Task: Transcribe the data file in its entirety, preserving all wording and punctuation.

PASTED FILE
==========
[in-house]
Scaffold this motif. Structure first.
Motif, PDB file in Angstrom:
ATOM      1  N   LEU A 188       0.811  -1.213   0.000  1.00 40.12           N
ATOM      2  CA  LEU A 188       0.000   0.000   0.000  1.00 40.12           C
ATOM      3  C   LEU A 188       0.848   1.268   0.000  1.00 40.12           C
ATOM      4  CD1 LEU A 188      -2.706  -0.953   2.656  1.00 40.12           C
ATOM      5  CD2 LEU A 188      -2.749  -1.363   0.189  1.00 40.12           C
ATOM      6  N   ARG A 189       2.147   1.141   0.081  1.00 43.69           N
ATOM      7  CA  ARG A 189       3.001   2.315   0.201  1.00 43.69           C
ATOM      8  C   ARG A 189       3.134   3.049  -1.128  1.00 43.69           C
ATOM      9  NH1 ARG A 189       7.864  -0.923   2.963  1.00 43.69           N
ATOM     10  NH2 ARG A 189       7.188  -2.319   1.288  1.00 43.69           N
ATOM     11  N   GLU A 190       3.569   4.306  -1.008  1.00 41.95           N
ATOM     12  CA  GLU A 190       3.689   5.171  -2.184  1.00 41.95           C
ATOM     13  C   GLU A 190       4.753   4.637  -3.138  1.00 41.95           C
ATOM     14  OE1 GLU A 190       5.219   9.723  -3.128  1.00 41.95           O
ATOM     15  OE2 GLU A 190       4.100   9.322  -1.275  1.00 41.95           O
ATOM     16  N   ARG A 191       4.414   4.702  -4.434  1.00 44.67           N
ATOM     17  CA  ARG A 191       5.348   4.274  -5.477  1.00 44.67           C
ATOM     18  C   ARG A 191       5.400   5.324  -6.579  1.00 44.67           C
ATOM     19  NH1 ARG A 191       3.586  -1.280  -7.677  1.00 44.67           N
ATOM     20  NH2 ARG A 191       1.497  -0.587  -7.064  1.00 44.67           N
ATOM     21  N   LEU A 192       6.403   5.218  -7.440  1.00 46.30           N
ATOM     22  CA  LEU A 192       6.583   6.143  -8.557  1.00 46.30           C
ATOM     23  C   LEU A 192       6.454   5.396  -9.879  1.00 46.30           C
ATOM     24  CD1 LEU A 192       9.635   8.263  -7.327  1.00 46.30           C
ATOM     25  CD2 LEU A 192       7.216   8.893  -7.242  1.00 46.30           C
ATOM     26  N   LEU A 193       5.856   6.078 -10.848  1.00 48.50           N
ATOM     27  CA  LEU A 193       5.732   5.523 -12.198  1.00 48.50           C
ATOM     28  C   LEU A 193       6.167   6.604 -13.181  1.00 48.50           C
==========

[in-house]
Scaffold this motif. Structure first.
Motif, PDB file in Angstrom:
ATOM      1  N   LEU A 188       0.811  -1.213   0.000  1.00 40.12           N
ATOM      2  CA  LEU A 188       0.000   0.000   0.000  1.00 40.12           C
ATOM      3  C   LEU A 188       0.848   1.268   0.000  1.00 40.12           C
ATOM      4  CD1 LEU A 188      -2.706  -0.953   2.656  1.00 40.12           C
ATOM      5  CD2 LEU A 188      -2.749  -1.363   0.189  1.00 40.12           C
ATOM      6  N   ARG A 189       2.147   1.141   0.081  1.00 43.69           N
ATOM      7  CA  ARG A 189       3.001   2.315   0.201  1.00 43.69           C
ATOM      8  C   ARG A 189       3.134   3.049  -1.128  1.00 43.69           C
ATOM      9  NH1 ARG A 189       7.864  -0.923   2.963  1.00 43.69           N
ATOM     10  NH2 ARG A 189       7.188  -2.319   1.288  1.00 43.69           N
ATOM     11  N   GLU A 190       3.569   4.306  -1.008  1.00 41.95           N
ATOM     12  CA  GLU A 190       3.689   5.171  -2.184  1.00 41.95           C
ATOM     13  C   GLU A 190       4.753   4.637  -3.138  1.00 41.95           C
ATOM     14  OE1 GLU A 190       5.219   9.723  -3.128  1.00 41.95           O
ATOM     15  OE2 GLU A 190       4.100   9.322  -1.275  1.00 41.95           O
ATOM     16  N   ARG A 191       4.414   4.702  -4.434  1.00 44.67           N
ATOM     17  CA  ARG A 191       5.348   4.274  -5.477  1.00 44.67           C
ATOM     18  C   ARG A 191       5.400   5.324  -6.579  1.00 44.67           C
ATOM     19  NH1 ARG A 191       3.586  -1.280  -7.677  1.00 44.67           N
ATOM     20  NH2 ARG A 191       1.497  -0.587  -7.064  1.00 44.67           N
ATOM     21  N   LEU A 192       6.403   5.218  -7.440  1.00 46.30           N
ATOM     22  CA  LEU A 192       6.583   6.143  -8.557  1.00 46.30           C
ATOM     23  C   LEU A 192       6.454   5.396  -9.879  1.00 46.30           C
ATOM     24  CD1 LEU A 192       9.635   8.263  -7.327  1.00 46.30           C
ATOM     25  CD2 LEU A 192       7.216   8.893  -7.242  1.00 46.30           C
ATOM     26  N   LEU A 193       5.856   6.078 -10.848  1.00 48.50           N
ATOM     27  CA  LEU A 193       5.732   5.523 -12.198  1.00 48.50           C
ATOM     28  C   LEU A 193       6.167   6.604 -13.181  1.00 48.50           C